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Rare Nautilus Reveals Itself for First Time Since 1980s

posted: 08/27/15
by: Discovery.com Staff
Allonautilus scrobiculatus
Peter Ward

It was a reunion three decades in the making.

University of Washington biologist Peter Ward last spotted Allonautilus scrobiculatus off of the coast of Papua New Guinea in 1984. Only the third human to ever see the creature, Ward quickly realized that A. scrobiculatus was unlike any other previously identified species of nautilus.

"It has this thick, hairy, slimy covering on its shell," Ward remarked. "When we first saw that, we were astounded."

With the exception of a brief sighting in 1986, A. scrobiculatus has completely eluded human contact for nearly three decades -- until earlier this summer.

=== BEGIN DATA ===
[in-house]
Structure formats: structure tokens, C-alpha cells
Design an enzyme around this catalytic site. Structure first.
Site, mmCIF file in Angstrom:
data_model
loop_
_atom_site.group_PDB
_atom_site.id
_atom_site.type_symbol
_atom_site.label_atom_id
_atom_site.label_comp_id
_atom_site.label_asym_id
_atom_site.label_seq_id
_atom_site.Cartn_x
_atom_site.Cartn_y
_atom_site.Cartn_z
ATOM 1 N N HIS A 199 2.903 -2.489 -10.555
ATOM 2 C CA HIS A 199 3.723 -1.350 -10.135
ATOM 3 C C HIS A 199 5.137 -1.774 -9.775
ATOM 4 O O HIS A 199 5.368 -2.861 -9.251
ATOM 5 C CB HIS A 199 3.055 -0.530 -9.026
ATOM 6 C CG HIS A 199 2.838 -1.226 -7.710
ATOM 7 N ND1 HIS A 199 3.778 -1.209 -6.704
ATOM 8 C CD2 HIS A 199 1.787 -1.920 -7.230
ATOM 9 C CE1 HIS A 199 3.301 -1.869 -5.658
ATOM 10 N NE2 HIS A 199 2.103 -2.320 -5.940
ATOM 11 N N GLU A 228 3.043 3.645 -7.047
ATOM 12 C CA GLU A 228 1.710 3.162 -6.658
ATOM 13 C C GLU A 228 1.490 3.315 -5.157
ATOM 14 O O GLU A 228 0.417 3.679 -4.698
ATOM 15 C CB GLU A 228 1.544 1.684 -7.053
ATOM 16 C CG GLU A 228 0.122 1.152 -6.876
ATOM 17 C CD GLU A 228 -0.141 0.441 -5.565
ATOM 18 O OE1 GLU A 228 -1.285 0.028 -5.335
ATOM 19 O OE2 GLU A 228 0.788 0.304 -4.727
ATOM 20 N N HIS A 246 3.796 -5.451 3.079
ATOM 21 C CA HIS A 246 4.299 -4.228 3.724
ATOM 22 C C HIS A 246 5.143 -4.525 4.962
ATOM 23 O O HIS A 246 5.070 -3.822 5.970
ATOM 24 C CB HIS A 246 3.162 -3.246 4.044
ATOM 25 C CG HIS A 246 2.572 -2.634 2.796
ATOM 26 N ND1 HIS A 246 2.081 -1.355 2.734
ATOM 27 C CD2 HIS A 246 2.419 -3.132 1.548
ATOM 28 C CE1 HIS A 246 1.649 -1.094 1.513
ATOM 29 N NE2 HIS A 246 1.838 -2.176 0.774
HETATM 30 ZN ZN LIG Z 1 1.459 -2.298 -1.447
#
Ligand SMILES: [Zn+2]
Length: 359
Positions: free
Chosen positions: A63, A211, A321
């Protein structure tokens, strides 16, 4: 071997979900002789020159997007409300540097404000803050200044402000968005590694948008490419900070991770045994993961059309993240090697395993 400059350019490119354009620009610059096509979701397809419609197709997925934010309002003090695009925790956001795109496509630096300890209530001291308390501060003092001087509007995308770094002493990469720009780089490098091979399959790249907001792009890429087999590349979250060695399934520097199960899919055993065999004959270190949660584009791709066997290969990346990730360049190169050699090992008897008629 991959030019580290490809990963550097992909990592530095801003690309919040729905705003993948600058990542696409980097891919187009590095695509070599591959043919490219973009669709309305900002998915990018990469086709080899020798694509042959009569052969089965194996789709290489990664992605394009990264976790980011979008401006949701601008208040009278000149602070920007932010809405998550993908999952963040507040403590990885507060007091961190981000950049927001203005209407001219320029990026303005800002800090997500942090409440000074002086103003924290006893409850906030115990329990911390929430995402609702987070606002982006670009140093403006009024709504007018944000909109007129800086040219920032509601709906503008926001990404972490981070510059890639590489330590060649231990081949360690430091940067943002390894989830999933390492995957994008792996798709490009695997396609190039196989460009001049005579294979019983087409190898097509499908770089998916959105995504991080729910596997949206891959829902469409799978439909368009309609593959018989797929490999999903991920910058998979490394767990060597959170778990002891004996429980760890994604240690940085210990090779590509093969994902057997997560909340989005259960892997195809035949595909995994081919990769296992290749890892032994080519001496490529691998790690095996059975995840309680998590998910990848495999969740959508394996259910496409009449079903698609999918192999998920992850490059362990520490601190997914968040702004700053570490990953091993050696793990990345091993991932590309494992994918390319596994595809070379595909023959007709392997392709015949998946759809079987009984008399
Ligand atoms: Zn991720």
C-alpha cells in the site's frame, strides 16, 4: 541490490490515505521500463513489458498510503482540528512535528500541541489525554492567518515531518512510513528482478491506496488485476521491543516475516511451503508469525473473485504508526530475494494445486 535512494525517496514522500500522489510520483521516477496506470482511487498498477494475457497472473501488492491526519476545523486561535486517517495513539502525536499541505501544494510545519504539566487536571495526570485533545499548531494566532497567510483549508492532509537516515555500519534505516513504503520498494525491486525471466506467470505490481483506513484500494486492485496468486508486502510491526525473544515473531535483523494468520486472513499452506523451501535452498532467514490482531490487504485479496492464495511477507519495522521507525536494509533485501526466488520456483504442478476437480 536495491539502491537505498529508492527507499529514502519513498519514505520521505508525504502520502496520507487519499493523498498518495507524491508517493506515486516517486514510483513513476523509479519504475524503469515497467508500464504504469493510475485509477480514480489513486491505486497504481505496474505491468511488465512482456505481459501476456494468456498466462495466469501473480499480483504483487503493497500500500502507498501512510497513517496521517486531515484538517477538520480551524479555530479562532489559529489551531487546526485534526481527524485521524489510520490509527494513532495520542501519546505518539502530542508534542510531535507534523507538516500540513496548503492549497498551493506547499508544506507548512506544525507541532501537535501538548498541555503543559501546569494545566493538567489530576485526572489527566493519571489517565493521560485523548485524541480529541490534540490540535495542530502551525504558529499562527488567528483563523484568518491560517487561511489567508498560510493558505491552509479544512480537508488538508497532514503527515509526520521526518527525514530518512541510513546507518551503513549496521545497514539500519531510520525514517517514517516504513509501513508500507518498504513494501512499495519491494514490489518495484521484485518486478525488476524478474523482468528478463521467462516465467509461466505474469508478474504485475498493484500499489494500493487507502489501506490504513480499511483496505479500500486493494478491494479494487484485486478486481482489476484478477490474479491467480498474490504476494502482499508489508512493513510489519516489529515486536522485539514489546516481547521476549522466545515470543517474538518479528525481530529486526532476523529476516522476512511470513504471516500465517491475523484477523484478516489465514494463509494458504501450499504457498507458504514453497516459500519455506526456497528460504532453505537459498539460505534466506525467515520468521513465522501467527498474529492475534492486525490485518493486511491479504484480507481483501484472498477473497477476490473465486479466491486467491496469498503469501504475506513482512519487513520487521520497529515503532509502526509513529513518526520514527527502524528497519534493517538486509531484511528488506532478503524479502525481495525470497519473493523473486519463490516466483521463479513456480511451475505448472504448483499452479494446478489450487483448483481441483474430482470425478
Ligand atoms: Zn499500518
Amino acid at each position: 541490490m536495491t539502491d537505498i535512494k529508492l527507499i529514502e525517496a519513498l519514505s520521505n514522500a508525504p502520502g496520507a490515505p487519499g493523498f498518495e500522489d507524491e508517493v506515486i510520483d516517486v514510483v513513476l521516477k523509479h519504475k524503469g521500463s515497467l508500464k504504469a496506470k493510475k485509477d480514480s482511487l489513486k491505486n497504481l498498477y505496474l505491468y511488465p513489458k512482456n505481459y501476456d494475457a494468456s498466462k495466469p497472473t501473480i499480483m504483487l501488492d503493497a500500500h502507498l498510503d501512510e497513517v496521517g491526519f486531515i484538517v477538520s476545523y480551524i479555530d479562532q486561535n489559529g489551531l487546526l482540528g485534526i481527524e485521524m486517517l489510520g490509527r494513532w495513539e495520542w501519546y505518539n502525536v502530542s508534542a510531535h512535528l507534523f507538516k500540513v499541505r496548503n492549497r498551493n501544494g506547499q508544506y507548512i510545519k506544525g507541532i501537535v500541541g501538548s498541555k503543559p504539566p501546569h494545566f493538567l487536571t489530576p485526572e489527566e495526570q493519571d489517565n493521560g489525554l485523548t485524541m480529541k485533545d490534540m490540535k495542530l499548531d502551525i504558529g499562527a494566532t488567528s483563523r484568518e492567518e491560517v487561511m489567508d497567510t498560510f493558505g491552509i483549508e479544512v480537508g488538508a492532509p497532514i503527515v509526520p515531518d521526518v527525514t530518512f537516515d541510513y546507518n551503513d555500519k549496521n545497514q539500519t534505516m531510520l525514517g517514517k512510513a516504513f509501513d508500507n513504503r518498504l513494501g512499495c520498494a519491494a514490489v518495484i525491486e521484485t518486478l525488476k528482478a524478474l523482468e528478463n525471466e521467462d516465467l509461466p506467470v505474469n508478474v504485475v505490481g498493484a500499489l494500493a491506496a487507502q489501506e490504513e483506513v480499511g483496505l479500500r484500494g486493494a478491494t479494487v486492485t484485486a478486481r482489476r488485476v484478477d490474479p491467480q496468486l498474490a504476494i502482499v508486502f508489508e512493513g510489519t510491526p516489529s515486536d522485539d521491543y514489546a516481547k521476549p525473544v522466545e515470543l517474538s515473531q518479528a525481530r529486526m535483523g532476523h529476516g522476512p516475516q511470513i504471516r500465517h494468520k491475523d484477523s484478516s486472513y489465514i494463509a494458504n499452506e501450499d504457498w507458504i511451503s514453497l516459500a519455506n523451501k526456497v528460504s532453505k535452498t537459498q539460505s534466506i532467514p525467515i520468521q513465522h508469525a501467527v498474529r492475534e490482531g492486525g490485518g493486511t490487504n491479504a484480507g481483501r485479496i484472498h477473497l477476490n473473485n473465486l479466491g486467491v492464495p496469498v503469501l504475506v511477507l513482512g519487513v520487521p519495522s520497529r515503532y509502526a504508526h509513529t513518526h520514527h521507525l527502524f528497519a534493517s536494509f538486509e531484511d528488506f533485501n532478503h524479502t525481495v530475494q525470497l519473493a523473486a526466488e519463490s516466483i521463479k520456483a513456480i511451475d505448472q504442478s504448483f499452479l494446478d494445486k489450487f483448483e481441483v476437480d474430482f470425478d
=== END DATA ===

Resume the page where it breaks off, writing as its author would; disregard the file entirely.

A baited trap set by researchers near Ndrova Island brought the mysterious creature back onto Ward's radar. Enticed by a feast of chicken and fish meat, A. scrobiculatus wandered into the trap and was quickly apprehended by Ward and his team. The researchers took measurements and small tissue samples from the creature before releasing it back into the ocean.

As it turns out, A. scrobiculatus can only thrive at very specific depths, explaining its isolation from other nautilus populations:

"They swim just above the bottom of wherever they are," Ward explains in a news release. "Just like submarines, they have 'fail depths' where they'll die if they go too deep, and surface waters are so warm that they usually can't go up there."

Ward hopes that his newfound understanding of the rare mollusk can help protect the species: the US Fish & Wildlife Service will decide next month whether to support affording nautilus additional protections per the CITES treaty.

Learn more about marine animals:

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